I think this is really the issue. It's not strictly the efficiency of the keel at it's two tasks, it's how much it enables you to go places that deeper keel would rule out and how much you give up for that. It takes a really well-designed and well-executed wing keel to be better than just sawing off the keel at depth X and adding a streamlined bulb. Most are not all that well-designed.

One benefit of wings that I haven't seen mentioned... they damped motion. They dampen the vertical motion or 'heave' which is one of the components that induce sea sickness the most. And if the keel is forward or aft enough of the center of pitch rotation, they can dampen pitching nicely too. I did some sailing on a mid-1990s Bavaria with a rather forward-set wing keel that was notable for it's smooth motion in a chop.

- DSK

 

Damping hey?

Doesn't the whole boat move with the wave equally? In deep water at least....

And by "the whole boat" I mean the more technical* term, not bows or transoms.....

 

*Center of gravity?

 

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The simple answer the that is the vertical movement up and down of the boat is pulling or pushing water over the wings if they are big enough to notice the effect. The water in a wave does not move equally from surface to the bottom of the keel. The boats vertical movement drags a large amount of water with it.

Big area keel wings like this one are known to have a large damping effect.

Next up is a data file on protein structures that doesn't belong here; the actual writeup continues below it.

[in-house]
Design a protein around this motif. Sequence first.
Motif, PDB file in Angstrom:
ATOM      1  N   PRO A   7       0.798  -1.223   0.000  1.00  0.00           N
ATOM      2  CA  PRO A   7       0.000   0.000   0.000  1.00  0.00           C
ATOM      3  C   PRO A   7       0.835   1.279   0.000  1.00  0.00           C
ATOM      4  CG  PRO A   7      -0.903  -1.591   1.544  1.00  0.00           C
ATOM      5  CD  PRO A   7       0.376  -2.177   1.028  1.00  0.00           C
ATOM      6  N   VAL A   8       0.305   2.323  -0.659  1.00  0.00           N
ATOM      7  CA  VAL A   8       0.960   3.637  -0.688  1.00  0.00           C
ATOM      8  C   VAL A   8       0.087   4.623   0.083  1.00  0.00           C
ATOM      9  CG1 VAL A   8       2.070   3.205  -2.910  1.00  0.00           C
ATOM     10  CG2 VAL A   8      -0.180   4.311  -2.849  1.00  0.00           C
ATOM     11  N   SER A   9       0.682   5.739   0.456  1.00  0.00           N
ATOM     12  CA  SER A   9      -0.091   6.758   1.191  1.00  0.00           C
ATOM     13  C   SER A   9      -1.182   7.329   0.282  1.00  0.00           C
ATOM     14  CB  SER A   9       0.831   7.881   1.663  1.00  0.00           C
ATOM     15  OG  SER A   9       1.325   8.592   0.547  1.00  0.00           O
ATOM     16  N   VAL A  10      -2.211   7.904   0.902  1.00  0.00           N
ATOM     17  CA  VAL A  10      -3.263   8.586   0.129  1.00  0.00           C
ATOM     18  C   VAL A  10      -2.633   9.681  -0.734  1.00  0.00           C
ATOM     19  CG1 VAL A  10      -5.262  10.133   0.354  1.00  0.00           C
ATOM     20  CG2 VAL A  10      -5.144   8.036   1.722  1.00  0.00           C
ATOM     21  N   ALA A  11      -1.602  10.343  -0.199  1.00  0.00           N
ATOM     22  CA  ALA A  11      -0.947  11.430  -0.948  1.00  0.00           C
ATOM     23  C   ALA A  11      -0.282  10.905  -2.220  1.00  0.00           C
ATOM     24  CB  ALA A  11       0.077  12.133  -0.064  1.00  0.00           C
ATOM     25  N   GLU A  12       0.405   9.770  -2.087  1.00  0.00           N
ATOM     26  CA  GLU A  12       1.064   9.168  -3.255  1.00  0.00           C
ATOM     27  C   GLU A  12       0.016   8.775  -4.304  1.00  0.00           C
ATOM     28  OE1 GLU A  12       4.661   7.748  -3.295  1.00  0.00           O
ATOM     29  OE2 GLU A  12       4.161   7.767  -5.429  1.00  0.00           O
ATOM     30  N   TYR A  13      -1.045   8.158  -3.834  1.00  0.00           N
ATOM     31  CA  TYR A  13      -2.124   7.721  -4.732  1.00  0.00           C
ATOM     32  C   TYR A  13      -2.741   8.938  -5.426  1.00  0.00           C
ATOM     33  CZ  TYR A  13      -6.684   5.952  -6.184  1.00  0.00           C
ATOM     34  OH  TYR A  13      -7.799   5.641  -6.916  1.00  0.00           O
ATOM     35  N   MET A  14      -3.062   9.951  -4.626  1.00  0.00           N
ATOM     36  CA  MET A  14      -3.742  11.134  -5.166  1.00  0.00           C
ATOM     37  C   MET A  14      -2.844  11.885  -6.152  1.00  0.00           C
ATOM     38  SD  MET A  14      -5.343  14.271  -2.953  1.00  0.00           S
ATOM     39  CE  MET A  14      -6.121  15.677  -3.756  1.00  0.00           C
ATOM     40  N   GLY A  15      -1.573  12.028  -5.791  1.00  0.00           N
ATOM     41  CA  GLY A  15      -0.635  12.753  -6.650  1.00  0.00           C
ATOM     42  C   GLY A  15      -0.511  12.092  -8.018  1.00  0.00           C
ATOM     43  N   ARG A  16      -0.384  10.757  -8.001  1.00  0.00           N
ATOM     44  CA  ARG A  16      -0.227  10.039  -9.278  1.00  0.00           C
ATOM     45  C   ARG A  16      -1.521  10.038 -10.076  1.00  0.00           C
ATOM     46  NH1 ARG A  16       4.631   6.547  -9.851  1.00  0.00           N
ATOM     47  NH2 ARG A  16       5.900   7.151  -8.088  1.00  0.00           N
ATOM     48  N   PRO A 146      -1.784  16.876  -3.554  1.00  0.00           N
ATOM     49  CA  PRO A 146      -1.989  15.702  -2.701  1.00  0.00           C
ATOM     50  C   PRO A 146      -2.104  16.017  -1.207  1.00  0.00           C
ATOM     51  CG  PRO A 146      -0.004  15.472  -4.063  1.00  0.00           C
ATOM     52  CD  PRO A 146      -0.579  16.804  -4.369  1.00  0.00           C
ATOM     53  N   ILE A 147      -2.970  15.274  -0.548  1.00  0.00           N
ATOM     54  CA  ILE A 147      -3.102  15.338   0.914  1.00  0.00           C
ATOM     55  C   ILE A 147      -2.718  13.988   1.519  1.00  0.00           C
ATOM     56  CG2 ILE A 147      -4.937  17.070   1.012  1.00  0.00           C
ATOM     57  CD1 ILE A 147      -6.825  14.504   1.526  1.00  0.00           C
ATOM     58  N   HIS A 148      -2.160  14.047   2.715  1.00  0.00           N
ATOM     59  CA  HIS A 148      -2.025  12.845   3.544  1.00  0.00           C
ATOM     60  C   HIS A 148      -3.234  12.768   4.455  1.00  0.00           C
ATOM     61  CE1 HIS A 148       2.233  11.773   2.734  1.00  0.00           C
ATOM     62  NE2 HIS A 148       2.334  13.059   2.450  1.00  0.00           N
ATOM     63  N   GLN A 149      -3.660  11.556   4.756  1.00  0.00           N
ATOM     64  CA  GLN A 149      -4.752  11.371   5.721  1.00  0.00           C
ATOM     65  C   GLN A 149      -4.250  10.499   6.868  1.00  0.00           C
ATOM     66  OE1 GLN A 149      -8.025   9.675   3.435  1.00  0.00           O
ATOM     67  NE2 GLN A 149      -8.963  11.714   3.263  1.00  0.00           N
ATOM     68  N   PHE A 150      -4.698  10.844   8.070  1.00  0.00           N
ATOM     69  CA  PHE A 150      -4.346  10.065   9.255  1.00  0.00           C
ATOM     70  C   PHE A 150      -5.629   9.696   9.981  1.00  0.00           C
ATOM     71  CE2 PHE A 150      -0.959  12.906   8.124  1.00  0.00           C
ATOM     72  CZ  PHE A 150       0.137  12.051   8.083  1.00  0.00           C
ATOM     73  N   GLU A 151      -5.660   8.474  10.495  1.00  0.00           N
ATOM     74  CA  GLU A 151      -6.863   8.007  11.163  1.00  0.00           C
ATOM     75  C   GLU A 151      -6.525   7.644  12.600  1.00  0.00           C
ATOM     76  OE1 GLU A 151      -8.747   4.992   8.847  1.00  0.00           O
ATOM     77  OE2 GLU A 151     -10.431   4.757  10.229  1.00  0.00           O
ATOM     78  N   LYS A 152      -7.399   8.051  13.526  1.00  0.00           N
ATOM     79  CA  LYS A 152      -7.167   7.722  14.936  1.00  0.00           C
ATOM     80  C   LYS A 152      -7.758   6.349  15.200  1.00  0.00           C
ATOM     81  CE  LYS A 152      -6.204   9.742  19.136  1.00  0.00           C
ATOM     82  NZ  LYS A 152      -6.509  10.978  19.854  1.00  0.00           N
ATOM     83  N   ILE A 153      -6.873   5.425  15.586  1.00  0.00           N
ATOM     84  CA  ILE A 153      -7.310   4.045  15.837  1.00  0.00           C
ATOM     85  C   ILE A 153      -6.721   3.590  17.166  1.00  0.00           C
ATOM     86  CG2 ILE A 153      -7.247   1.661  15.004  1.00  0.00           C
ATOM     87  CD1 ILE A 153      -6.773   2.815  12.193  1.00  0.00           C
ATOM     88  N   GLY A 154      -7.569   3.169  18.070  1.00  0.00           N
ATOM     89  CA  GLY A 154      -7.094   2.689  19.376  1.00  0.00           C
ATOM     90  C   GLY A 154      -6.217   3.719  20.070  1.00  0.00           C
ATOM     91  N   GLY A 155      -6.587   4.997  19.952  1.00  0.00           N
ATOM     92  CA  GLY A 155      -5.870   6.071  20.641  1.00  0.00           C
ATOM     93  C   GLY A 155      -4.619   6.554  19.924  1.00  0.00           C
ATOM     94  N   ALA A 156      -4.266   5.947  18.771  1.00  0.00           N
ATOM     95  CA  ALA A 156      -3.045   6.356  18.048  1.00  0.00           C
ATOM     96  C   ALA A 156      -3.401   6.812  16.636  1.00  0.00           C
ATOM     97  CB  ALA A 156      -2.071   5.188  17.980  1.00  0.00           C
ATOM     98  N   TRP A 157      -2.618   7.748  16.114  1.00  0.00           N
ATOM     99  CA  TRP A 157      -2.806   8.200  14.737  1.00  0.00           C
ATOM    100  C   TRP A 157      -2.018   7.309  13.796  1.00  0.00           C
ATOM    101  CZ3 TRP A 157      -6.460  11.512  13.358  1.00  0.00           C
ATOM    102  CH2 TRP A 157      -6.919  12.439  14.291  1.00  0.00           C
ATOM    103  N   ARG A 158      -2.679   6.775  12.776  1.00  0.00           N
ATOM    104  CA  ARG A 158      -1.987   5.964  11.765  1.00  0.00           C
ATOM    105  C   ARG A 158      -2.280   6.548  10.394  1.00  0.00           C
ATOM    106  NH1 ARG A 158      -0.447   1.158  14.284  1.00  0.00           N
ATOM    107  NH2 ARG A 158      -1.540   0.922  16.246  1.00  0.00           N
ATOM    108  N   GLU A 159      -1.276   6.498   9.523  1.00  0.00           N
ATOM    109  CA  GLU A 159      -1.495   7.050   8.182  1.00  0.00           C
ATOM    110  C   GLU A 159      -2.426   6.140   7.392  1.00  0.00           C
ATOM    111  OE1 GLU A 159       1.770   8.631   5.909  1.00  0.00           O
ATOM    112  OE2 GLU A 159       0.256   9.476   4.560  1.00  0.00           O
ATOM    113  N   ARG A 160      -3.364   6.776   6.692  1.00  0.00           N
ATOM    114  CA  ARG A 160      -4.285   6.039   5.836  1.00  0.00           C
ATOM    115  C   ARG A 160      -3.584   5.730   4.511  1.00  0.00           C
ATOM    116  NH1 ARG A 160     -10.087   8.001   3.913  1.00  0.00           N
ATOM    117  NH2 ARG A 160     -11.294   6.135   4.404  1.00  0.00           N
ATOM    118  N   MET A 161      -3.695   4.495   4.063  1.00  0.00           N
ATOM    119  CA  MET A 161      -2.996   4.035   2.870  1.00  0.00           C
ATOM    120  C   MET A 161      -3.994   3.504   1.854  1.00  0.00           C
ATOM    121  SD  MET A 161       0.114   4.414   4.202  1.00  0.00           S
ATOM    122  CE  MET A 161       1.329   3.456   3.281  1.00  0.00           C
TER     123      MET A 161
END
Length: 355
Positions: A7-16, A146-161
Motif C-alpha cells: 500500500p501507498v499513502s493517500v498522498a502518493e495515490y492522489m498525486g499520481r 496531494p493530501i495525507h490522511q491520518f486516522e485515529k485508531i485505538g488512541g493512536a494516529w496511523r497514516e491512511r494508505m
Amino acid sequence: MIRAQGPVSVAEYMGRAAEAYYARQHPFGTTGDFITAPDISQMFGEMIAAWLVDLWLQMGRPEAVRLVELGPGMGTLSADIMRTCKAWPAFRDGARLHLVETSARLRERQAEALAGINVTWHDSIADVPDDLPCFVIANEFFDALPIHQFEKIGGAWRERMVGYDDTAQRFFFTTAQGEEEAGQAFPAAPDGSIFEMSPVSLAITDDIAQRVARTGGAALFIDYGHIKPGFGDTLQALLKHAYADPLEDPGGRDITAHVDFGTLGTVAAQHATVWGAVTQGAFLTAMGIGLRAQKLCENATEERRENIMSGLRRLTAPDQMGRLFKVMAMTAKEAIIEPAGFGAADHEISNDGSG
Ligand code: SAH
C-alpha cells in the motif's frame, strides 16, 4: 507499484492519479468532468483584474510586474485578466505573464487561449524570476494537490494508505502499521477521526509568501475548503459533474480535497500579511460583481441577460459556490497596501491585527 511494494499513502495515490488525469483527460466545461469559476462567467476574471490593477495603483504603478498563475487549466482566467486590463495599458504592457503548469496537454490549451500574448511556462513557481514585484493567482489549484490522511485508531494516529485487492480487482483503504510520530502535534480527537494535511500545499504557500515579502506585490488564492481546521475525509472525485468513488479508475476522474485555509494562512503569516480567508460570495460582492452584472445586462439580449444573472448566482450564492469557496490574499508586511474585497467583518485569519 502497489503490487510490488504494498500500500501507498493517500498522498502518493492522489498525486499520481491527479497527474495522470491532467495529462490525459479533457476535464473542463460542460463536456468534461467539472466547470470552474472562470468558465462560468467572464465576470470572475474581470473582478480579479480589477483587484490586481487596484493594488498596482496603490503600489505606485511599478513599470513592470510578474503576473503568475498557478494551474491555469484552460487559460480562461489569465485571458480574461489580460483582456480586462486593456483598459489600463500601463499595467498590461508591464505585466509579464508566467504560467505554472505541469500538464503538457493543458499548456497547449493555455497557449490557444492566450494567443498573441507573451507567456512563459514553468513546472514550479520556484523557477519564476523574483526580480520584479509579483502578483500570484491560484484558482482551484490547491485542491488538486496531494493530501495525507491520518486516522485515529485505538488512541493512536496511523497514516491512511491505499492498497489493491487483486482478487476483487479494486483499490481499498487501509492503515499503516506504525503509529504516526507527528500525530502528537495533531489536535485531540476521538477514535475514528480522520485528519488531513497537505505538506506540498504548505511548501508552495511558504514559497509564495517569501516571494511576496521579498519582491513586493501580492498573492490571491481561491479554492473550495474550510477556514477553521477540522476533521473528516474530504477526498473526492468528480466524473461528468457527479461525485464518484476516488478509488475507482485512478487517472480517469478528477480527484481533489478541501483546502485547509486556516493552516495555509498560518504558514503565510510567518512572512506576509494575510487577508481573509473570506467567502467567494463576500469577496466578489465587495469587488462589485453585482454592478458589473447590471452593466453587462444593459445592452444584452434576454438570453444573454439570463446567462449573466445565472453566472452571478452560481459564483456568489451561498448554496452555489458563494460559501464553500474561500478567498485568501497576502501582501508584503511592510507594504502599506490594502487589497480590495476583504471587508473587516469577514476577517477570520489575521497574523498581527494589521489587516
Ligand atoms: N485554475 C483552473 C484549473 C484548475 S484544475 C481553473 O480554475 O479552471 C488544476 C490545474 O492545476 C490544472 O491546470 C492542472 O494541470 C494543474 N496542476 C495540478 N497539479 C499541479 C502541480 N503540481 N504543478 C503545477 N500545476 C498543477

wing_keel_800.jpg

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I think that >90% of winged keels are very ugly from a hydrodynamic point of view. Most of the wings are just a place for extra ballast and lots of extra wetted surface area. I think a well designed bulb is a smarter way to maximize volume/minimal drag.

#1 All the surface area we can create

#2 very bad bulb shape. wing profile looks suspect too.

#3 way too much squish in the bulb. Little squish good to lower VCG but too much is just too much wetted surface area

#4 basic keel planform shape looks wrong. fin profile looks wrong.

#5 probably does least harm

#5,6  fins too short for any tip vortex reduction effect

image.png.0943f2f21ab83b1c590a3cd24fc0f6cf.png   image.png.6cae7d87f8151d15c1c53cb242715e51.png  image.png.05d904e569d3c7b657bae17214beb118.png   

image.png.7bbd4c2b8bb0c103e26b62832376814d.png   image.png.9ec66f82490cf39e029b90347568690d.pngimage.png.76fa97bfefd48d9d65a317adddb564a5.png   

 

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Yep most wings shown were a fashion statement.. marketing said put a wing on, without a budget for proving the shape..

And the other reason for not having them.. weed and lobster pots. That's why I would never have a forward projection below the waterline , nor wings like that once I'd thought about it. The closest I'd have would be a beaver tail .

 

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1 hour ago, The Q said:

Yep most wings shown were a fashion statement.. marketing said put a wing on, without a budget for proving the shape..